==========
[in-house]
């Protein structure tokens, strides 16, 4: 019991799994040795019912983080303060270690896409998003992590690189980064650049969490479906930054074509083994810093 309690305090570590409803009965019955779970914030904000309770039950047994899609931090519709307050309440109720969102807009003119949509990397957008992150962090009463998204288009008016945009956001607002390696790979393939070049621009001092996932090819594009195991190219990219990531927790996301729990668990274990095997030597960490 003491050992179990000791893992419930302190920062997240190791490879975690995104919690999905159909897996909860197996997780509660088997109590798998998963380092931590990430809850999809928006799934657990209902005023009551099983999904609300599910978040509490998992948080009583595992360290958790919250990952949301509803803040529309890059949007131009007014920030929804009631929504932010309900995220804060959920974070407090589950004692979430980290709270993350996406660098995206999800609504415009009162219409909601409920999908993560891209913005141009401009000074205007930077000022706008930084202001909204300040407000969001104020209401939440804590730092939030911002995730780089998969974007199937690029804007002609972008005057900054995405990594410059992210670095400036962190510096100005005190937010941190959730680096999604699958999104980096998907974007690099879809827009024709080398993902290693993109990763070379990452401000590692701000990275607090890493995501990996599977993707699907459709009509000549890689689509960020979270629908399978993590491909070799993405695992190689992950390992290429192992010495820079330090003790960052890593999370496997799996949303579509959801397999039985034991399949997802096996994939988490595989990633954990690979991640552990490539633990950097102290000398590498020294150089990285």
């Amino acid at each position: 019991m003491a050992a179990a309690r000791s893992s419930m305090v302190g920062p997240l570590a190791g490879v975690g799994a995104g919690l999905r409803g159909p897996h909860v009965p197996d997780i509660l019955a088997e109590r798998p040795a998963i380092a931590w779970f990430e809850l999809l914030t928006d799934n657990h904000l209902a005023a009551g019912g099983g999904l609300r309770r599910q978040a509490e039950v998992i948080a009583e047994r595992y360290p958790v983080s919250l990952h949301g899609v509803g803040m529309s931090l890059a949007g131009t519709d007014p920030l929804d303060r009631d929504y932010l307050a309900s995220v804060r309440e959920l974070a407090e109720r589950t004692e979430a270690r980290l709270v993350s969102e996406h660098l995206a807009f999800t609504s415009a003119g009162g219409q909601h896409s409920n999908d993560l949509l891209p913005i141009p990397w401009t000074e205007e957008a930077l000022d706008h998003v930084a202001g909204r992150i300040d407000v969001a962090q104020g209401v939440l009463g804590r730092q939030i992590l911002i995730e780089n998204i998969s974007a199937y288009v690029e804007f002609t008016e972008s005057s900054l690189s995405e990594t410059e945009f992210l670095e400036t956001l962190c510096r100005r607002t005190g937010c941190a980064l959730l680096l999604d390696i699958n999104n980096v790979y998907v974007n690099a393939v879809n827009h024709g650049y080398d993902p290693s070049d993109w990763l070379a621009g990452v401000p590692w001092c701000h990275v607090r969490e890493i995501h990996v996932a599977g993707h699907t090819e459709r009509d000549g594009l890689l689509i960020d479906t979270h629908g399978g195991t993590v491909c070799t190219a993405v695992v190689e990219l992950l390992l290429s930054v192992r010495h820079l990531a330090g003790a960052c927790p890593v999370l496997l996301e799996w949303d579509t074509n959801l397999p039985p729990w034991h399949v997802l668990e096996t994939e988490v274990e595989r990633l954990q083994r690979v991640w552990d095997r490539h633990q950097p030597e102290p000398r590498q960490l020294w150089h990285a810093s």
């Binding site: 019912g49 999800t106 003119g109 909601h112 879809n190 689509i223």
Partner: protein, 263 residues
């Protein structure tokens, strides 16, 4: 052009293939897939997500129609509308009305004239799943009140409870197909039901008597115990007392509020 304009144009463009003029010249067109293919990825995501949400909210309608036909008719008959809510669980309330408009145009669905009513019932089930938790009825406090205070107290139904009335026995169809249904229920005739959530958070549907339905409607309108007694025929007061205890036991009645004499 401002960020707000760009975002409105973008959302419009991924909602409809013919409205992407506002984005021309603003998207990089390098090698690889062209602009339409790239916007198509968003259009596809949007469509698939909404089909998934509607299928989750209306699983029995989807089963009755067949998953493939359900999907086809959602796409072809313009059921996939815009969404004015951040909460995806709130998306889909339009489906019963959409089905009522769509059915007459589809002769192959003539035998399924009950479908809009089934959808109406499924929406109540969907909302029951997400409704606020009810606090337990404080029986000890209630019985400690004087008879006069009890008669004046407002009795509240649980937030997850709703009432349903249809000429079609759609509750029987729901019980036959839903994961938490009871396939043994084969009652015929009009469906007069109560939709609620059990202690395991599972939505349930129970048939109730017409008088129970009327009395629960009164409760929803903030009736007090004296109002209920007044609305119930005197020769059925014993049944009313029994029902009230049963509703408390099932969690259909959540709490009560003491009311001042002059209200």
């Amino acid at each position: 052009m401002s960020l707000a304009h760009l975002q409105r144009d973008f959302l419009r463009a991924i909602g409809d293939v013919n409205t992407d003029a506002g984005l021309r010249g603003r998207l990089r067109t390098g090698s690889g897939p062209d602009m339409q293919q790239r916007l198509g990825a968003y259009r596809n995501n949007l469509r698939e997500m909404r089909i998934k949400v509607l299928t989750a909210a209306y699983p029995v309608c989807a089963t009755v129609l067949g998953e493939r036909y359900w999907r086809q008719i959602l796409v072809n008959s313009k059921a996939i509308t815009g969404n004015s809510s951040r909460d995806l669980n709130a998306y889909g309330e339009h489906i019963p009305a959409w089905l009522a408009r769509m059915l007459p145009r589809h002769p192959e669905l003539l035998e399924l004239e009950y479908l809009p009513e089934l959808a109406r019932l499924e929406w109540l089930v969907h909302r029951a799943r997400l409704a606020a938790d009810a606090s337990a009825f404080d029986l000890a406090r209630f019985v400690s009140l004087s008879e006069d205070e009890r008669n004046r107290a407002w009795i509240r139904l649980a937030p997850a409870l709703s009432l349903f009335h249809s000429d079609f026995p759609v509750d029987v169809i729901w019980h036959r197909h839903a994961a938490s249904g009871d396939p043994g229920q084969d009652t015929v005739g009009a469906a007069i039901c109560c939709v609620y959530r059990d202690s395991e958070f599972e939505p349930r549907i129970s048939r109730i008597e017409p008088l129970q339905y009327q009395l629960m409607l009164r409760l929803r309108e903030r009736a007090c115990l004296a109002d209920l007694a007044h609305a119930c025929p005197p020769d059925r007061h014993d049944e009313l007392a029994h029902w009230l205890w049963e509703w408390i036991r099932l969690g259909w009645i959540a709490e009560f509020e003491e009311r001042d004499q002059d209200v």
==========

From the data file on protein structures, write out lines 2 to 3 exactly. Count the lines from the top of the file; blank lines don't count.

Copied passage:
């Protein structure tokens, strides 16, 4: 019991799994040795019912983080303060270690896409998003992590690189980064650049969490479906930054074509083994810093 309690305090570590409803009965019955779970914030904000309770039950047994899609931090519709307050309440109720969102807009003119949509990397957008992150962090009463998204288009008016945009956001607002390696790979393939070049621009001092996932090819594009195991190219990219990531927790996301729990668990274990095997030597960490 003491050992179990000791893992419930302190920062997240190791490879975690995104919690999905159909897996909860197996997780509660088997109590798998998963380092931590990430809850999809928006799934657990209902005023009551099983999904609300599910978040509490998992948080009583595992360290958790919250990952949301509803803040529309890059949007131009007014920030929804009631929504932010309900995220804060959920974070407090589950004692979430980290709270993350996406660098995206999800609504415009009162219409909601409920999908993560891209913005141009401009000074205007930077000022706008930084202001909204300040407000969001104020209401939440804590730092939030911002995730780089998969974007199937690029804007002609972008005057900054995405990594410059992210670095400036962190510096100005005190937010941190959730680096999604699958999104980096998907974007690099879809827009024709080398993902290693993109990763070379990452401000590692701000990275607090890493995501990996599977993707699907459709009509000549890689689509960020979270629908399978993590491909070799993405695992190689992950390992290429192992010495820079330090003790960052890593999370496997799996949303579509959801397999039985034991399949997802096996994939988490595989990633954990690979991640552990490539633990950097102290000398590498020294150089990285």
């Amino acid at each position: 019991m003491a050992a179990a309690r000791s893992s419930m305090v302190g920062p997240l570590a190791g490879v975690g799994a995104g919690l999905r409803g159909p897996h909860v009965p197996d997780i509660l019955a088997e109590r798998p040795a998963i380092a931590w779970f990430e809850l999809l914030t928006d799934n657990h904000l209902a005023a009551g019912g099983g999904l609300r309770r599910q978040a509490e039950v998992i948080a009583e047994r595992y360290p958790v983080s919250l990952h949301g899609v509803g803040m529309s931090l890059a949007g131009t519709d007014p920030l929804d303060r009631d929504y932010l307050a309900s995220v804060r309440e959920l974070a407090e109720r589950t004692e979430a270690r980290l709270v993350s969102e996406h660098l995206a807009f999800t609504s415009a003119g009162g219409q909601h896409s409920n999908d993560l949509l891209p913005i141009p990397w401009t000074e205007e957008a930077l000022d706008h998003v930084a202001g909204r992150i300040d407000v969001a962090q104020g209401v939440l009463g804590r730092q939030i992590l911002i995730e780089n998204i998969s974007a199937y288009v690029e804007f002609t008016e972008s005057s900054l690189s995405e990594t410059e945009f992210l670095e400036t956001l962190c510096r100005r607002t005190g937010c941190a980064l959730l680096l999604d390696i699958n999104n980096v790979y998907v974007n690099a393939v879809n827009h024709g650049y080398d993902p290693s070049d993109w990763l070379a621009g990452v401000p590692w001092c701000h990275v607090r969490e890493i995501h990996v996932a599977g993707h699907t090819e459709r009509d000549g594009l890689l689509i960020d479906t979270h629908g399978g195991t993590v491909c070799t190219a993405v695992v190689e990219l992950l390992l290429s930054v192992r010495h820079l990531a330090g003790a960052c927790p890593v999370l496997l996301e799996w949303d579509t074509n959801l397999p039985p729990w034991h399949v997802l668990e096996t994939e988490v274990e595989r990633l954990q083994r690979v991640w552990d095997r490539h633990q950097p030597e102290p000398r590498q960490l020294w150089h990285a810093s």